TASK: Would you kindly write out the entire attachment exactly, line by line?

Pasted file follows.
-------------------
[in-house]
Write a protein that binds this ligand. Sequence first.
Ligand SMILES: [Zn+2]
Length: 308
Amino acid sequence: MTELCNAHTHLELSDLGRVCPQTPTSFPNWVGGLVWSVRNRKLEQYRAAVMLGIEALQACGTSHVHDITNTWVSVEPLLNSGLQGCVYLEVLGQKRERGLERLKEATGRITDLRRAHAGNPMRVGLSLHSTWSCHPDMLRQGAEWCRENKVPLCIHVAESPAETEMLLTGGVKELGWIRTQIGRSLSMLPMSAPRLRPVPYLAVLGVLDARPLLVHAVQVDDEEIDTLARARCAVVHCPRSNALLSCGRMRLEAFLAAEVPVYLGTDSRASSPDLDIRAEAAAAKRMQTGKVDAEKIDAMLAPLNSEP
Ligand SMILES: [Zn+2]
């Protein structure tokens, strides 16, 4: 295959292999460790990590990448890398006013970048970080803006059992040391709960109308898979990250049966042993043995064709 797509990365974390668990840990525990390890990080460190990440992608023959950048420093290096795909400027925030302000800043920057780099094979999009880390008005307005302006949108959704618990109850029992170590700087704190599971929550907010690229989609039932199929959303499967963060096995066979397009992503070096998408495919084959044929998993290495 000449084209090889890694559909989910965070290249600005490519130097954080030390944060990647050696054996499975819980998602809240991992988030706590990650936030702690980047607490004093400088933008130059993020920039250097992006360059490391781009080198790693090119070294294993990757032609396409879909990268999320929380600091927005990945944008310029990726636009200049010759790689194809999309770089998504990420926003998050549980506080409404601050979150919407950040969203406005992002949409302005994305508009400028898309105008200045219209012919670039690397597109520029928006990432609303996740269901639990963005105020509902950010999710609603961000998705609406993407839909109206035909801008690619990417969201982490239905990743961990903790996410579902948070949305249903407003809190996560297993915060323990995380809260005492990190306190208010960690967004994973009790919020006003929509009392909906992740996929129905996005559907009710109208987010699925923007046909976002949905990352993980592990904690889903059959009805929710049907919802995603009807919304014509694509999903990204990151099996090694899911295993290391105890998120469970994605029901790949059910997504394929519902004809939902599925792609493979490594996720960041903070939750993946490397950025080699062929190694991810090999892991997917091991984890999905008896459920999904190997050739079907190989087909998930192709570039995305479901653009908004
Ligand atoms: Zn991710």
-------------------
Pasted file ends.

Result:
[in-house]
Write a protein that binds this ligand. Sequence first.
Ligand SMILES: [Zn+2]
Length: 308
Amino acid sequence: MTELCNAHTHLELSDLGRVCPQTPTSFPNWVGGLVWSVRNRKLEQYRAAVMLGIEALQACGTSHVHDITNTWVSVEPLLNSGLQGCVYLEVLGQKRERGLERLKEATGRITDLRRAHAGNPMRVGLSLHSTWSCHPDMLRQGAEWCRENKVPLCIHVAESPAETEMLLTGGVKELGWIRTQIGRSLSMLPMSAPRLRPVPYLAVLGVLDARPLLVHAVQVDDEEIDTLARARCAVVHCPRSNALLSCGRMRLEAFLAAEVPVYLGTDSRASSPDLDIRAEAAAAKRMQTGKVDAEKIDAMLAPLNSEP
Ligand SMILES: [Zn+2]
């Protein structure tokens, strides 16, 4: 295959292999460790990590990448890398006013970048970080803006059992040391709960109308898979990250049966042993043995064709 797509990365974390668990840990525990390890990080460190990440992608023959950048420093290096795909400027925030302000800043920057780099094979999009880390008005307005302006949108959704618990109850029992170590700087704190599971929550907010690229989609039932199929959303499967963060096995066979397009992503070096998408495919084959044929998993290495 000449084209090889890694559909989910965070290249600005490519130097954080030390944060990647050696054996499975819980998602809240991992988030706590990650936030702690980047607490004093400088933008130059993020920039250097992006360059490391781009080198790693090119070294294993990757032609396409879909990268999320929380600091927005990945944008310029990726636009200049010759790689194809999309770089998504990420926003998050549980506080409404601050979150919407950040969203406005992002949409302005994305508009400028898309105008200045219209012919670039690397597109520029928006990432609303996740269901639990963005105020509902950010999710609603961000998705609406993407839909109206035909801008690619990417969201982490239905990743961990903790996410579902948070949305249903407003809190996560297993915060323990995380809260005492990190306190208010960690967004994973009790919020006003929509009392909906992740996929129905996005559907009710109208987010699925923007046909976002949905990352993980592990904690889903059959009805929710049907919802995603009807919304014509694509999903990204990151099996090694899911295993290391105890998120469970994605029901790949059910997504394929519902004809939902599925792609493979490594996720960041903070939750993946490397950025080699062929190694991810090999892991997917091991984890999905008896459920999904190997050739079907190989087909998930192709570039995305479901653009908004
Ligand atoms: Zn991710």